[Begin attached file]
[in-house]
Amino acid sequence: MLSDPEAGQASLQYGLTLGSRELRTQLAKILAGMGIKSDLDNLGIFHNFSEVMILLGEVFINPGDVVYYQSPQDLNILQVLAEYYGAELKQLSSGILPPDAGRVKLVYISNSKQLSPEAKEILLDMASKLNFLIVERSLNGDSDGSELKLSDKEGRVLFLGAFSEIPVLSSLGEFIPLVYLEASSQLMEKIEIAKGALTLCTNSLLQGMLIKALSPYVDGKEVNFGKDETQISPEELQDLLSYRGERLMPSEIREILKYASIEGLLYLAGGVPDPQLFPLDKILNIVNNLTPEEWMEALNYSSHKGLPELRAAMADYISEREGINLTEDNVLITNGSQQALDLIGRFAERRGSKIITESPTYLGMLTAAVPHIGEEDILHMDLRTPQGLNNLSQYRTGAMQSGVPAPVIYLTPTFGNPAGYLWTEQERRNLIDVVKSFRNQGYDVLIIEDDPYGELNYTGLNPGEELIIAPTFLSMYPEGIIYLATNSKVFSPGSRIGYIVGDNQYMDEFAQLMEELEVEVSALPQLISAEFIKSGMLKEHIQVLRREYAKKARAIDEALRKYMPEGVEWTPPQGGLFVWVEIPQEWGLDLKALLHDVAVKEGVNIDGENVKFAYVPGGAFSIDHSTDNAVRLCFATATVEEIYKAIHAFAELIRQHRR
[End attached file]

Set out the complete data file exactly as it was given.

[in-house]
Amino acid sequence: MLSDPEAGQASLQYGLTLGSRELRTQLAKILAGMGIKSDLDNLGIFHNFSEVMILLGEVFINPGDVVYYQSPQDLNILQVLAEYYGAELKQLSSGILPPDAGRVKLVYISNSKQLSPEAKEILLDMASKLNFLIVERSLNGDSDGSELKLSDKEGRVLFLGAFSEIPVLSSLGEFIPLVYLEASSQLMEKIEIAKGALTLCTNSLLQGMLIKALSPYVDGKEVNFGKDETQISPEELQDLLSYRGERLMPSEIREILKYASIEGLLYLAGGVPDPQLFPLDKILNIVNNLTPEEWMEALNYSSHKGLPELRAAMADYISEREGINLTEDNVLITNGSQQALDLIGRFAERRGSKIITESPTYLGMLTAAVPHIGEEDILHMDLRTPQGLNNLSQYRTGAMQSGVPAPVIYLTPTFGNPAGYLWTEQERRNLIDVVKSFRNQGYDVLIIEDDPYGELNYTGLNPGEELIIAPTFLSMYPEGIIYLATNSKVFSPGSRIGYIVGDNQYMDEFAQLMEELEVEVSALPQLISAEFIKSGMLKEHIQVLRREYAKKARAIDEALRKYMPEGVEWTPPQGGLFVWVEIPQEWGLDLKALLHDVAVKEGVNIDGENVKFAYVPGGAFSIDHSTDNAVRLCFATATVEEIYKAIHAFAELIRQHRR